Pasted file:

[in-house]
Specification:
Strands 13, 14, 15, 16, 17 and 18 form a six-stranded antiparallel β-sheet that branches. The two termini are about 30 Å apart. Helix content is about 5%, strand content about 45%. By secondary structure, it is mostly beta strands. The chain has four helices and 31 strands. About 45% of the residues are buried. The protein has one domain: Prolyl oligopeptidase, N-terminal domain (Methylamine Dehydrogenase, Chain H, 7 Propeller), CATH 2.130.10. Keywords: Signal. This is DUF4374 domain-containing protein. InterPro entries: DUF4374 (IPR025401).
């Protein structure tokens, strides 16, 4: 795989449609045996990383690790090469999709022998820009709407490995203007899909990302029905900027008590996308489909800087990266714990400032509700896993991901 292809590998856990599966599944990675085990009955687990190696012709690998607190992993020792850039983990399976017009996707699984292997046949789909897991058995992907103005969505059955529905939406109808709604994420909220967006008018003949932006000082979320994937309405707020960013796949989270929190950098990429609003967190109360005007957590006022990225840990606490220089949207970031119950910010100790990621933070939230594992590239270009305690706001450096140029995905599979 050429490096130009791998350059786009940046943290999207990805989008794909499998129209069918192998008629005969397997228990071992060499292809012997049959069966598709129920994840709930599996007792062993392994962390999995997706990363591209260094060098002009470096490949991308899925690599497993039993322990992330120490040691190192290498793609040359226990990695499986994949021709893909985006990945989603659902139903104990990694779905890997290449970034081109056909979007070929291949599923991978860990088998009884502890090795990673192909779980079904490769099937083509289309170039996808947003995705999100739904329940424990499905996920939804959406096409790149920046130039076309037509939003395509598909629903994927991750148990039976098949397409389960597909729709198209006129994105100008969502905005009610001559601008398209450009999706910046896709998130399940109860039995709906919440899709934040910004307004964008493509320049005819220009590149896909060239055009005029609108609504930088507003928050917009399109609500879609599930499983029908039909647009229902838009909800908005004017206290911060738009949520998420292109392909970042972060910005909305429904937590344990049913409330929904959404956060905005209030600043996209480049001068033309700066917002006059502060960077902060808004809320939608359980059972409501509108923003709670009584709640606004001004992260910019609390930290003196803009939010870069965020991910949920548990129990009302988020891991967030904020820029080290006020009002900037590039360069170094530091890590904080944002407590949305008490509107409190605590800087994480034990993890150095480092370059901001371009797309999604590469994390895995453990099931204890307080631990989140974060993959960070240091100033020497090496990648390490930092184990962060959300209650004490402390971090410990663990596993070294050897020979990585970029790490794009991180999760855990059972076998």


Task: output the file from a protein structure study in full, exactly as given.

[in-house]
Specification:
Strands 13, 14, 15, 16, 17 and 18 form a six-stranded antiparallel β-sheet that branches. The two termini are about 30 Å apart. Helix content is about 5%, strand content about 45%. By secondary structure, it is mostly beta strands. The chain has four helices and 31 strands. About 45% of the residues are buried. The protein has one domain: Prolyl oligopeptidase, N-terminal domain (Methylamine Dehydrogenase, Chain H, 7 Propeller), CATH 2.130.10. Keywords: Signal. This is DUF4374 domain-containing protein. InterPro entries: DUF4374 (IPR025401).
């Protein structure tokens, strides 16, 4: 795989449609045996990383690790090469999709022998820009709407490995203007899909990302029905900027008590996308489909800087990266714990400032509700896993991901 292809590998856990599966599944990675085990009955687990190696012709690998607190992993020792850039983990399976017009996707699984292997046949789909897991058995992907103005969505059955529905939406109808709604994420909220967006008018003949932006000082979320994937309405707020960013796949989270929190950098990429609003967190109360005007957590006022990225840990606490220089949207970031119950910010100790990621933070939230594992590239270009305690706001450096140029995905599979 050429490096130009791998350059786009940046943290999207990805989008794909499998129209069918192998008629005969397997228990071992060499292809012997049959069966598709129920994840709930599996007792062993392994962390999995997706990363591209260094060098002009470096490949991308899925690599497993039993322990992330120490040691190192290498793609040359226990990695499986994949021709893909985006990945989603659902139903104990990694779905890997290449970034081109056909979007070929291949599923991978860990088998009884502890090795990673192909779980079904490769099937083509289309170039996808947003995705999100739904329940424990499905996920939804959406096409790149920046130039076309037509939003395509598909629903994927991750148990039976098949397409389960597909729709198209006129994105100008969502905005009610001559601008398209450009999706910046896709998130399940109860039995709906919440899709934040910004307004964008493509320049005819220009590149896909060239055009005029609108609504930088507003928050917009399109609500879609599930499983029908039909647009229902838009909800908005004017206290911060738009949520998420292109392909970042972060910005909305429904937590344990049913409330929904959404956060905005209030600043996209480049001068033309700066917002006059502060960077902060808004809320939608359980059972409501509108923003709670009584709640606004001004992260910019609390930290003196803009939010870069965020991910949920548990129990009302988020891991967030904020820029080290006020009002900037590039360069170094530091890590904080944002407590949305008490509107409190605590800087994480034990993890150095480092370059901001371009797309999604590469994390895995453990099931204890307080631990989140974060993959960070240091100033020497090496990648390490930092184990962060959300209650004490402390971090410990663990596993070294050897020979990585970029790490794009991180999760855990059972076998």